To my surprise, I found out that GPU (PowerVR SGX 540) in my venerable Nexus S (2010) supports vertex texture fetch (VTF). That is, accessing texture pixels in vertex shader -- a very useful feature for terrain rendering. About a year ago, when I started investigating terrain rendering on Android devices, I did some searching for VTF support on Android devices and figured out it's not there yet (similar to situation years ago when desktop OpenGL 2.0 was released with support for texture sampling in GLSL verter shaders but most GL implementation just reported
GL_MAX_VERTEX_TEXTURE_IMAGE_UNITS to be zero). Now I don't know how I missed it on my own phone, maybe there was some Android update with updated GPU drivers during last year? I have no idea how many other devices support it now. Hopefully, newest ones with OpenGL ES 3 support it all. I wouldn't be surprised if among GLES 2 devices only PowerVR + Android 4+ combinations supported it.
Anyway, let's focus on terrain rendering - rough outline:
- Put the entire heightmap into a texture.
- Have a small 2D grid (say 16x16 or 32x32) geometry ready for rendering terrain tiles.
- Build a quad tree over over the terrain. Root node covers entire terrain and each child then covers 1/4th of parent's area.
- Now we can start rendering, do this every frame:
- Traverse the quadtree starting from the root.
- For each child node test if the geometry grid provides sufficient detail for rendering the area covered by this node:
- YES it does, mark this node for rendering and end traversal of this subtree.
- NO it does not, continue traversal and test children of this node (unless we're at leaf already).
- Now take this list of marked nodes and render them. The same 2D grid is used to render each tile: it's scaled according to tile's covered area and its vertices are displaced by height values read from texture.
This is basically what I originally wanted for Multilevel Geomipmapping years ago but couldn't do in the end because of the state of VTF support on desktop at that time.
So what exactly is the benefit of VTF over let's say geomipmapping here?
Main benefit is ability to get height of the terrain at any position (and multiple times) when processing each tile vertex. In traditional geomipmapping, even if you can move tile vertices around it's no use since you have only one fixed height value available. With VTF, you can modify tile position of vertex as you like and still be able to get correct height value. This greatly simplifies tasks like connecting neighboring tiles with different levels of detail. No ugly skirts or special stitching stripes of geometry are needed as you can simply move edge points around in the vertex shader. Also geomorphing solutions begin to be usable without much work. And you can display larger terrains as well. With geomipmapping you always have to draw fixed number of tiles (visible leaves) -- a number that goes up fast when you enlarge the terrain. VTF may allow you draw fixed number of tiles -- regardless of actual terrain size (as distant tiles cover much larger area compared to geomipmap tiles with fixed area). Another one, terrain normals can be calculated inside the shaders from neighboring height values.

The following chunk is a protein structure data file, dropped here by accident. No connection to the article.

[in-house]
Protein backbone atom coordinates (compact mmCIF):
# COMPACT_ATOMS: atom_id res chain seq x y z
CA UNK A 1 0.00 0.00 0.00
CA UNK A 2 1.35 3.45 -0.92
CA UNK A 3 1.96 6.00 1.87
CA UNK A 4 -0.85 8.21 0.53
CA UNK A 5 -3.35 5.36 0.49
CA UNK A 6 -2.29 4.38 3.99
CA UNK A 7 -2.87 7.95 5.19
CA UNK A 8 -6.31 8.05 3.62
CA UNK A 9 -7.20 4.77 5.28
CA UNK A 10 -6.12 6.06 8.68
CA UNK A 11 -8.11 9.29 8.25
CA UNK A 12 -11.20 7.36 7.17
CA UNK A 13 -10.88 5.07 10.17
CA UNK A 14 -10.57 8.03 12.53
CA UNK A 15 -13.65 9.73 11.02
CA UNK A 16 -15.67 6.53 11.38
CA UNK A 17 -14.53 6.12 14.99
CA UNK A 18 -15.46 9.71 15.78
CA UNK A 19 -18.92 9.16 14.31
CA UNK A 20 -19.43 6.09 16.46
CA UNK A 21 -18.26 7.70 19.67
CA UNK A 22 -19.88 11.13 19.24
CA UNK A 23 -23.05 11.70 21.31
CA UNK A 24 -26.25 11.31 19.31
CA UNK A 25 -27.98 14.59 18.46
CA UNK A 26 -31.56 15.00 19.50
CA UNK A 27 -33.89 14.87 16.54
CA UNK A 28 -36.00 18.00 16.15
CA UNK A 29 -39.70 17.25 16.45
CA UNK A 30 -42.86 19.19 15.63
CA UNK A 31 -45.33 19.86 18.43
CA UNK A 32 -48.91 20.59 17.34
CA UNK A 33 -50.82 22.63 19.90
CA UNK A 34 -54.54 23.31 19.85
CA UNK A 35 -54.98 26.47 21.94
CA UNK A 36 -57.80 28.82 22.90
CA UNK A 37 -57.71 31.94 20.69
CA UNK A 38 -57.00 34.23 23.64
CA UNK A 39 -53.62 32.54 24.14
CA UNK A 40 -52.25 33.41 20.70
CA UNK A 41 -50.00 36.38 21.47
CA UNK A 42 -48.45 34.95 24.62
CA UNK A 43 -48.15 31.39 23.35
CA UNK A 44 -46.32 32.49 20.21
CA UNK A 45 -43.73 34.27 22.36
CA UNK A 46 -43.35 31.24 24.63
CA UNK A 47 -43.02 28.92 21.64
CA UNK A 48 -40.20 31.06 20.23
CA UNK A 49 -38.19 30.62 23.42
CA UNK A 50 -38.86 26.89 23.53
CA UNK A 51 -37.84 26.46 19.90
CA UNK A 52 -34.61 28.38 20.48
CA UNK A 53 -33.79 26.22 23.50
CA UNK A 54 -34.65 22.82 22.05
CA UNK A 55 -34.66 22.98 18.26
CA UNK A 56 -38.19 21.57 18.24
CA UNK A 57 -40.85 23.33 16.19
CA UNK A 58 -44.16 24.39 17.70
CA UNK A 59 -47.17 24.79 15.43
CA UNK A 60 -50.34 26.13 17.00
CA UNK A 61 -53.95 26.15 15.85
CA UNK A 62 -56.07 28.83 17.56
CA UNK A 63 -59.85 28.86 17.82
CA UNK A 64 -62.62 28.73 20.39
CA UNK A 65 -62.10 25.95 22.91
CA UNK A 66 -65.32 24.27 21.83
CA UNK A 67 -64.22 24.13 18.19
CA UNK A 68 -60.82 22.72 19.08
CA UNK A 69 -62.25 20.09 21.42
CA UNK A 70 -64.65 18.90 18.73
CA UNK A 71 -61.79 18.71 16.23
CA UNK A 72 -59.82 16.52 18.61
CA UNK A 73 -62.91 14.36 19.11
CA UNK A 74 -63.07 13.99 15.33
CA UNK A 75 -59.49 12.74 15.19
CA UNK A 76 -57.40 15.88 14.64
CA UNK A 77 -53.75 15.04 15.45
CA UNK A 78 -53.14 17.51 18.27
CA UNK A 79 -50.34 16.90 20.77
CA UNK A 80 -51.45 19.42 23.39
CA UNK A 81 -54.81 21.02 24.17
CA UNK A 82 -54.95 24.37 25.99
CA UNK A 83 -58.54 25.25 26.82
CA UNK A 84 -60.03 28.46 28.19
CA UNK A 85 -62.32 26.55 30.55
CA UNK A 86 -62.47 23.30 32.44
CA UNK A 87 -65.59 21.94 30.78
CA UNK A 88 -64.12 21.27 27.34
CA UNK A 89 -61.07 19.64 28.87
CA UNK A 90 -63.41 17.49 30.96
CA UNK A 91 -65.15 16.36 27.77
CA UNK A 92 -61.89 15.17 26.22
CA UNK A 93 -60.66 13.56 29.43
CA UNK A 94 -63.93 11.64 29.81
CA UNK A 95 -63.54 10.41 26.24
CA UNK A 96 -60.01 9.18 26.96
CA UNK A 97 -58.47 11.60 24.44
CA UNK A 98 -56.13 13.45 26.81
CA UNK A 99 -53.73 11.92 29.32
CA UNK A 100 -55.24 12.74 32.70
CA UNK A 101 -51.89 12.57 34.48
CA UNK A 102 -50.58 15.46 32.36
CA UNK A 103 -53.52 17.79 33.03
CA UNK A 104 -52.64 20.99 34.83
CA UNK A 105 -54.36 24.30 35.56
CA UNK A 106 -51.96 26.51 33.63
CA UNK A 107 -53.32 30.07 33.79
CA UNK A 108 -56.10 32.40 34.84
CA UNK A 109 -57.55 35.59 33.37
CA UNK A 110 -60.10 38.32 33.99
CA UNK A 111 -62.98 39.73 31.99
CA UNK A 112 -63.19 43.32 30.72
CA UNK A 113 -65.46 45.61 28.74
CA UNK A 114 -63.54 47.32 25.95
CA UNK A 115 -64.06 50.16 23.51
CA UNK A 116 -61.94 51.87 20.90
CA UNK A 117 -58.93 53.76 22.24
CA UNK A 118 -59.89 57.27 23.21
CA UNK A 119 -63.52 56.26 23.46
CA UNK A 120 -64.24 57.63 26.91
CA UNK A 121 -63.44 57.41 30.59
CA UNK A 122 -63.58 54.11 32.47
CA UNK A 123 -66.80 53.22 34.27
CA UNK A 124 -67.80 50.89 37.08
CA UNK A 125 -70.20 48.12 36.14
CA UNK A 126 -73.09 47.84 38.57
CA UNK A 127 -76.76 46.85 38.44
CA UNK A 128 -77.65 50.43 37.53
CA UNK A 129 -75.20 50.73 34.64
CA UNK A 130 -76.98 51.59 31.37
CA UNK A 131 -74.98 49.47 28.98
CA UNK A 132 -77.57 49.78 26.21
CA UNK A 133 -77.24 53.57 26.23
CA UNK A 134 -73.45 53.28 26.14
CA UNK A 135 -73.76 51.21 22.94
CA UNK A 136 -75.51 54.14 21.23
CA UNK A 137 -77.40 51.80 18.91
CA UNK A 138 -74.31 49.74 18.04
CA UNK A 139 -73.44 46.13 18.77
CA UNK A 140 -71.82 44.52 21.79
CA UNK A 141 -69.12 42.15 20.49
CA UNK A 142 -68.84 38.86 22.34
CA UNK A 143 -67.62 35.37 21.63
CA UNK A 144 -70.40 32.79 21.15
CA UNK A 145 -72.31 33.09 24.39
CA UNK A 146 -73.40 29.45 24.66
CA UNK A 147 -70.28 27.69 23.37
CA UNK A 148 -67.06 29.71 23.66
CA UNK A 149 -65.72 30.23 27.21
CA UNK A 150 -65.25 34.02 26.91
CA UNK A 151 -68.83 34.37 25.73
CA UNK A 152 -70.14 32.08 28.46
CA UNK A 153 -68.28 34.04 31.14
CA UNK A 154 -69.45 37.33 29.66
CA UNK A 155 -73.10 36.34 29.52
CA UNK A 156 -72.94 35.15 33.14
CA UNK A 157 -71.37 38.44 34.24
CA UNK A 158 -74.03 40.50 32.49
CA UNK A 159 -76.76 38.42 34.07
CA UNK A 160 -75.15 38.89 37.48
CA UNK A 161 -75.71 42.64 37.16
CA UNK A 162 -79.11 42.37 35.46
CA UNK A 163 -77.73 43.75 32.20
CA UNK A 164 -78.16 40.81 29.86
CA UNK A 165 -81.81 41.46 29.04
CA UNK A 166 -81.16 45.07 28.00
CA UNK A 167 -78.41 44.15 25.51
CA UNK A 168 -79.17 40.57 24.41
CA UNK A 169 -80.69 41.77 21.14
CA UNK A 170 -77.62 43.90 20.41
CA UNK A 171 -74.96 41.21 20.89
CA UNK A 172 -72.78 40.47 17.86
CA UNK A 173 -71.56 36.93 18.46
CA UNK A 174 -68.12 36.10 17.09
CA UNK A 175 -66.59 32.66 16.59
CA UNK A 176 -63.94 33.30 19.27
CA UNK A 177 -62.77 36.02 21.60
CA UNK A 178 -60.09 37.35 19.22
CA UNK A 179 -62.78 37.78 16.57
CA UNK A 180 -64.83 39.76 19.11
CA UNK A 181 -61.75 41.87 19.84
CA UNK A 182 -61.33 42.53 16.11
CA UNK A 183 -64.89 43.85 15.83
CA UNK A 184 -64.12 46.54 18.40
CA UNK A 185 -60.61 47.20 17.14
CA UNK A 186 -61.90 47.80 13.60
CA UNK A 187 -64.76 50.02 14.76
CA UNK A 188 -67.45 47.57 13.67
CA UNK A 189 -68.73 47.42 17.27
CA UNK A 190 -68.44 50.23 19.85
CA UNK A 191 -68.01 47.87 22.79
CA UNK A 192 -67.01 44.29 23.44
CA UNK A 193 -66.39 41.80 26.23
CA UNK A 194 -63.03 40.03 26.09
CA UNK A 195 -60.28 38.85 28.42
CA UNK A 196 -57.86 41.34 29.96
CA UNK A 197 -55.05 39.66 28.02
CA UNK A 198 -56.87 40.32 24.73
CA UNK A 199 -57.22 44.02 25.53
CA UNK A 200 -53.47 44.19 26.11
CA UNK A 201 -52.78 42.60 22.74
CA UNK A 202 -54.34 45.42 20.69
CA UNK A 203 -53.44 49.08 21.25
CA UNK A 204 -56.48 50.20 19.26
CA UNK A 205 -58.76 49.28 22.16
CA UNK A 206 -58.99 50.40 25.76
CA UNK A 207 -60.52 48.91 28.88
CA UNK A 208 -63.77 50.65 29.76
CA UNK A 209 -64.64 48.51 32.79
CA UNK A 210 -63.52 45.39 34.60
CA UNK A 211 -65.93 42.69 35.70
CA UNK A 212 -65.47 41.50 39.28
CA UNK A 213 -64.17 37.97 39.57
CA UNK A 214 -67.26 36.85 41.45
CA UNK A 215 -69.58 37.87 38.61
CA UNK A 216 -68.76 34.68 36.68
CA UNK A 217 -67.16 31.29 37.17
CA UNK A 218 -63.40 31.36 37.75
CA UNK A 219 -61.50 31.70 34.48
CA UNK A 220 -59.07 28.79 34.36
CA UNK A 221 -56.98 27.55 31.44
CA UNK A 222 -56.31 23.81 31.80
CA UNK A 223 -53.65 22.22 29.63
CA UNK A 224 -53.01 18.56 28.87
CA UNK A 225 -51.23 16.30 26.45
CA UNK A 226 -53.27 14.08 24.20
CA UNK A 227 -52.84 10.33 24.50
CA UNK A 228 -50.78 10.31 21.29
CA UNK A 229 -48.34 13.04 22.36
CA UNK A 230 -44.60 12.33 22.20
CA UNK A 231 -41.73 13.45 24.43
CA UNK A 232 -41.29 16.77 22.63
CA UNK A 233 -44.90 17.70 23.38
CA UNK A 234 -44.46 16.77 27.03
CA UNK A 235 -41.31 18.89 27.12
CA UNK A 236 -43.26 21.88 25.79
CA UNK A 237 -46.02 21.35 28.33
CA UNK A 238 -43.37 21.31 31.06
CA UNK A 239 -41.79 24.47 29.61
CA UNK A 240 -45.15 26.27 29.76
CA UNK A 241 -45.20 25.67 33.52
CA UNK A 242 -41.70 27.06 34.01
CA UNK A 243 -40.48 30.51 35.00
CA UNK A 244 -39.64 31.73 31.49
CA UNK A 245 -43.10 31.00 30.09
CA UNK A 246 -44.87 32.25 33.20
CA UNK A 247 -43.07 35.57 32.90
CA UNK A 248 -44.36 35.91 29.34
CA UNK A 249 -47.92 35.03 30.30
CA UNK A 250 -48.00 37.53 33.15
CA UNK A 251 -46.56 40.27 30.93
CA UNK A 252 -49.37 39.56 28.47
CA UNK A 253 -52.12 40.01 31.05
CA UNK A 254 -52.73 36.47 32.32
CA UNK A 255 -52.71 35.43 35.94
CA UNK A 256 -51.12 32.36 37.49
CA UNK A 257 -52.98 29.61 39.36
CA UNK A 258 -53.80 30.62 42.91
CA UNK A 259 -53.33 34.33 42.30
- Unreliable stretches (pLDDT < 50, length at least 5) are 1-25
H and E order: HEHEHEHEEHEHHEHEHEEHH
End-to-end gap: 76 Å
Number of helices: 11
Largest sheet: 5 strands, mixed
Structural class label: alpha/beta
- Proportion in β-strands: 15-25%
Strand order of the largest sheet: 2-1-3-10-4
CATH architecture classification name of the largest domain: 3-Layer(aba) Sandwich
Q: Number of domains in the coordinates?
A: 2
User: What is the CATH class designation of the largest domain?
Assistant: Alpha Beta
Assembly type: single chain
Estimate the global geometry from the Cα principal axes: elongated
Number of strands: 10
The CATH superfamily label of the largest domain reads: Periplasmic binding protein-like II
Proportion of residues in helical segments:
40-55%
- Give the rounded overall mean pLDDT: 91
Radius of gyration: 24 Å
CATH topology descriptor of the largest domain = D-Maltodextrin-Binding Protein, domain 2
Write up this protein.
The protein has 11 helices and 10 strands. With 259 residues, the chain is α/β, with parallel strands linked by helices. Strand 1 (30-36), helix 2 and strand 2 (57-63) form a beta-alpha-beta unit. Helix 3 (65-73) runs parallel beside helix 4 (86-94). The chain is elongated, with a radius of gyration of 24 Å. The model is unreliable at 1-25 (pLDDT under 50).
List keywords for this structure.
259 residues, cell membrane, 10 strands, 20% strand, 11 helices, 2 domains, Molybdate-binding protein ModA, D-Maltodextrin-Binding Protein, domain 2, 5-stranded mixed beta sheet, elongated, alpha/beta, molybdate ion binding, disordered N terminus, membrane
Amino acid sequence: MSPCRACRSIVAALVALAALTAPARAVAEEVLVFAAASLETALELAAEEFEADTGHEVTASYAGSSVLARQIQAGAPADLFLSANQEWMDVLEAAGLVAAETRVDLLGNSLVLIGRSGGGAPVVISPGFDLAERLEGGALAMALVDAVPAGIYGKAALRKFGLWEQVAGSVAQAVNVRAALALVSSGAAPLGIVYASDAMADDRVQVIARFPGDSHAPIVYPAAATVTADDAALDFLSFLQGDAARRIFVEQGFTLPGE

Finally, since heightmap is now a regular texture you get filtering and access to compressed texture formats to stuff more of the terrain to the memory.
There must be some disadvantages, right?
Sure, the support for VTF on mobile GLES 2 GPUs is scarce. So for something else than tech demo it's useless for the time being. Hopefully, all GLES 3 GPUs will support VTF. And with usable performance - VTF was uselessly slow on desktops in the beginning.
I have added experimental VTF based terrain renderer to Terrain Rendering Demo for Android testbed and it looks promising. Stitching of the tiles works flawlessly. More work is needed on selecting nodes for rendering (render node or split to children?). Currently, there's only simple distance based metric but I want to devise something that takes classical "screen-space error" into account. And maybe some fiddling with geomorphing on top ...
Follow some of the implementation details in part 2 (soon!).